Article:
Last month, Mayor Bill de Blasio told reporters that President Donald Trump should resign if an investigation showed that the numerous complaints of sexual misconduct that have accrued over decades against the commander-in-chief proved to be true.
“I think there should equally be an investigation into the charges against President Trump, because they’ve been stated by many individuals and, obviously, with the elected officials or candidates in all these other cases recently, and people in the media and Hollywood, the allegations have led to action,” de Blasio told reporters. “Why is there only one person who the allegations have not led to any follow-up? And that’s Donald Trump. Of course there should be a full investigation.”
But if a member of Mayor de Blasio’s own administration had racked up a slew of complaints of sexual harassment or assault, the mayor would be hard-pressed to know, let alone investigate, because City Hall does not currently compile a list of allegations of sexual misconduct in the municipal workplace.
“I do not know of the specifics agency by agency,” the mayor said in response to a question at a press conference yesterday. “I am pleased to say this has not been a phenomenon that I have heard coming up in our administration in any significant way, thank God, and it’s something we take very, very seriously and we would address very seriously in each instance.”
When the Voice asked if the data is being collected at all, Zachary Carter, the city’s top lawyer, replied, “On an agency-by-agency basis there’s a way of compiling that data, but in terms of compiling it in a way in which it was systematically reported in the aggregate for the entire city, as opposed to an agency-by-agency basis, I don’t believe we can.”
We later pressed a spokesperson for the mayor’s office on what this meant. Does every agency compile this data? Or do some agencies compile the data and some don’t? Or is this data compiled at all?
The entire response: “No citywide total currently.”
Unnamed city officials told Politico yesterday that individual agencies collect overall complaint records but do not sort them by type. Carter added at yesterday’s press conference that while it’s possible for the city to pinpoint how much money it has paid out to settle claims of sexual misconduct, that analysis has not yet been done.
Deborah Rhode, a law professor at Stanford University who specializes in ethics and professional responsibility and is the former director of Stanford’s Institute for Research on Women and Gender, says she finds the city’s admission “surprising.”
“It’s very important to monitor the complaints to identify patterns on serial abusers and serial harassment, and we have some research indicating that they may account for a disproportionate amount of the problem,” Rhode tells the Voice.
“If [the city gets] sued, one of the questions will be, did they have reason to know that this individual had a history of harassment? Certainly best practices should call for them to have this kind of information.”
Civil rights attorney Gloria Allred tells the Voice that “government owes the public the highest degree of transparency regarding allegations of sexual misconduct and what action government takes in handling claims. The public needs to know how claims are being resolved, the action that is taken against those who sexually harass, and how much has been paid to victims and from what source.”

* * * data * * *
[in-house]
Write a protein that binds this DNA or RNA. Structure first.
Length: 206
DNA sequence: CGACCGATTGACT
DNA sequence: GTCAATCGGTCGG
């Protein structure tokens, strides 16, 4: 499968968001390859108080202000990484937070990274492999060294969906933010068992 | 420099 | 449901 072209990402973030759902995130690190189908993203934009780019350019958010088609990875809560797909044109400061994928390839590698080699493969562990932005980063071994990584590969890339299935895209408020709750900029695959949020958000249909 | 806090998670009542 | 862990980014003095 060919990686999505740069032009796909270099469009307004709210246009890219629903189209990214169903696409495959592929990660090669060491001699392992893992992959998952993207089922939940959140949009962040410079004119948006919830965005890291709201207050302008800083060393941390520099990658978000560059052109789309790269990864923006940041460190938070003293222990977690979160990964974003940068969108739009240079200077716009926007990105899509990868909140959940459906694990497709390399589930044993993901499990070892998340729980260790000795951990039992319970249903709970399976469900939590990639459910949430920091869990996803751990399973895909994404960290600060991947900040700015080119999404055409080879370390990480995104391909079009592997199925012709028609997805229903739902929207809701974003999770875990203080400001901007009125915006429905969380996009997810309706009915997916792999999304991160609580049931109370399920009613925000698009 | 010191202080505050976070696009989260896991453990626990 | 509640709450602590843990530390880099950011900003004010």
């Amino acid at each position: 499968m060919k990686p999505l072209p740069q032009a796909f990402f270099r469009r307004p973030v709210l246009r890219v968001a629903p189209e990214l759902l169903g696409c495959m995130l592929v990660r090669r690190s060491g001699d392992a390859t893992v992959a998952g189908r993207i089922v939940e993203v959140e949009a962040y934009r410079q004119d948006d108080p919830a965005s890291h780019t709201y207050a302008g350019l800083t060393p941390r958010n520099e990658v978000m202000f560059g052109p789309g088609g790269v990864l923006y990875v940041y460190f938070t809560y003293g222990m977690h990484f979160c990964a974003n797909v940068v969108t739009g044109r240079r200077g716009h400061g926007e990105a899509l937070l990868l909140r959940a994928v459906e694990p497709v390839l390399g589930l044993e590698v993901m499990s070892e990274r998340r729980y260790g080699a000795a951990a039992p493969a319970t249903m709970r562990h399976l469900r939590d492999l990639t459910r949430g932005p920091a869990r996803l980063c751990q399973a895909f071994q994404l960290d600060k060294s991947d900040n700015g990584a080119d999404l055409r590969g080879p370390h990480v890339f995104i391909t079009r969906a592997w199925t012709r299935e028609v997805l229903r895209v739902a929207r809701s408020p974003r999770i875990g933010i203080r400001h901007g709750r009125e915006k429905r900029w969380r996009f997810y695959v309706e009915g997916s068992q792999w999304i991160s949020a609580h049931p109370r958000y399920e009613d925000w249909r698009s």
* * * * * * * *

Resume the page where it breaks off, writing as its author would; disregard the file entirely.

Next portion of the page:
Other large local governments appear to be ahead of New York City in this area. The City of Los Angeles has been keeping data of complaints of sexual misconduct by agency since 2000, according to a spokesperson, though the records are not complete, and have not yet been fully centralized. Last month, Mayor Eric Garcetti sent a memo to his deputies requiring that all complaints of misconduct be reported to the city’s main human resources division within 48 hours of receiving them.
By contrast, the County of Los Angeles, which employs roughly 110,000 people and has a budget of roughly $30 billion, tracks all complaints of sexual misconduct. In November, L.A. County announced it had seen a surge of complaints of sexual harassment in its workforce since July of 2017.
Last month, a group of New York City councilmembers said they would propose legislation that would include requiring all city agencies to compile and disclose allegations of sexual misconduct. A spokesperson for one of the sponsors of that legislation, Upper West Side councilmember Helen Rosenthal, said yesterday that the bills are still being drafted.
Public Advocate Letitia James tells the Voice that she supports such legislation: “Sexual harassment pervades every industry at every income level, for every race, ethnicity, and sexual identity across the political spectrum. We have a responsibility to protect all workers from any kind of harassment, including workers in the halls of our own government.”
At Wednesday’s press conference, the mayor stopped short of endorsing the legislation or the idea that the city agencies should collect and disclose the number of complaints they receive, stressing that “we need to examine this whole area of concern and figure out everything we can do” about the issue.
“I think we have sent a very clear message from the beginning of the administration that we won’t tolerate sexual harassment, and that is about our values, that is about the law, and certainly since the clear majority of the senior leadership positions in this administration are held by women, there is special focus from that leadership that making sure that no such behavior occurs,” the mayor said. “While being always watchful and vigilant, I am happy to say I have not seen that kind of behavior.”
This article from the Village Voice Archive was posted on January 11, 2018